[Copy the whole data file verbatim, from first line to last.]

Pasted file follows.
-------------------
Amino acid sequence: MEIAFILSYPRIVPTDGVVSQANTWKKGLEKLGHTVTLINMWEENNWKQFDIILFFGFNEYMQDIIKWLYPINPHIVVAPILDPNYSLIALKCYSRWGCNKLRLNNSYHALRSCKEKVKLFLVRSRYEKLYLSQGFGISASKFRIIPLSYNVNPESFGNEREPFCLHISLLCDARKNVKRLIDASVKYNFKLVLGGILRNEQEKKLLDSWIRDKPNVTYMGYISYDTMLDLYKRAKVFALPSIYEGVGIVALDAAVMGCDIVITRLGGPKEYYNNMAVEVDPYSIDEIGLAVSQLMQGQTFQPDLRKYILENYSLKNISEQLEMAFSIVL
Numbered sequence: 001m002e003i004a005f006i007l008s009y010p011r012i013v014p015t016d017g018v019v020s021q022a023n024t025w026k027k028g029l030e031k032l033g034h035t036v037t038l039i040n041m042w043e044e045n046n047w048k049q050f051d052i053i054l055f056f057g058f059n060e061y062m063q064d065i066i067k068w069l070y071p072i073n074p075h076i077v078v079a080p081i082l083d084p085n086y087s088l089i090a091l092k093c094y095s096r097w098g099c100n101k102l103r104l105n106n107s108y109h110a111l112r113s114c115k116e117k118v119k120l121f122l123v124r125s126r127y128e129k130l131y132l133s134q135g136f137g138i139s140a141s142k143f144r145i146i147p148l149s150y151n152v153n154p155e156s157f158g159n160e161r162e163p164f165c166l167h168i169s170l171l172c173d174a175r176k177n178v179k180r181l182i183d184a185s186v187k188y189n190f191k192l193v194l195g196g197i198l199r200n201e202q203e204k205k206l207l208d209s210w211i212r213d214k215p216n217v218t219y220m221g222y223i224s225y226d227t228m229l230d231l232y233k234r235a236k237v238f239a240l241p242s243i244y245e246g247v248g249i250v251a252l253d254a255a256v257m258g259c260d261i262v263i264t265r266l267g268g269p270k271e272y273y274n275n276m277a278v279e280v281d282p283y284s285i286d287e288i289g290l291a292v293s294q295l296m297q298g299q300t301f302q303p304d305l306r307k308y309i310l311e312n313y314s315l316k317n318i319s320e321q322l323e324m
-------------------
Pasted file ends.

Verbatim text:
Amino acid sequence: MEIAFILSYPRIVPTDGVVSQANTWKKGLEKLGHTVTLINMWEENNWKQFDIILFFGFNEYMQDIIKWLYPINPHIVVAPILDPNYSLIALKCYSRWGCNKLRLNNSYHALRSCKEKVKLFLVRSRYEKLYLSQGFGISASKFRIIPLSYNVNPESFGNEREPFCLHISLLCDARKNVKRLIDASVKYNFKLVLGGILRNEQEKKLLDSWIRDKPNVTYMGYISYDTMLDLYKRAKVFALPSIYEGVGIVALDAAVMGCDIVITRLGGPKEYYNNMAVEVDPYSIDEIGLAVSQLMQGQTFQPDLRKYILENYSLKNISEQLEMAFSIVL
Numbered sequence: 001m002e003i004a005f006i007l008s009y010p011r012i013v014p015t016d017g018v019v020s021q022a023n024t025w026k027k028g029l030e031k032l033g034h035t036v037t038l039i040n041m042w043e044e045n046n047w048k049q050f051d052i053i054l055f056f057g058f059n060e061y062m063q064d065i066i067k068w069l070y071p072i073n074p075h076i077v078v079a080p081i082l083d084p085n086y087s088l089i090a091l092k093c094y095s096r097w098g099c100n101k102l103r104l105n106n107s108y109h110a111l112r113s114c115k116e117k118v119k120l121f122l123v124r125s126r127y128e129k130l131y132l133s134q135g136f137g138i139s140a141s142k143f144r145i146i147p148l149s150y151n152v153n154p155e156s157f158g159n160e161r162e163p164f165c166l167h168i169s170l171l172c173d174a175r176k177n178v179k180r181l182i183d184a185s186v187k188y189n190f191k192l193v194l195g196g197i198l199r200n201e202q203e204k205k206l207l208d209s210w211i212r213d214k215p216n217v218t219y220m221g222y223i224s225y226d227t228m229l230d231l232y233k234r235a236k237v238f239a240l241p242s243i244y245e246g247v248g249i250v251a252l253d254a255a256v257m258g259c260d261i262v263i264t265r266l267g268g269p270k271e272y273y274n275n276m277a278v279e280v281d282p283y284s285i286d287e288i289g290l291a292v293s294q295l296m297q298g299q300t301f302q303p304d305l306r307k308y309i310l311e312n313y314s315l316k317n318i319s320e321q322l323e324m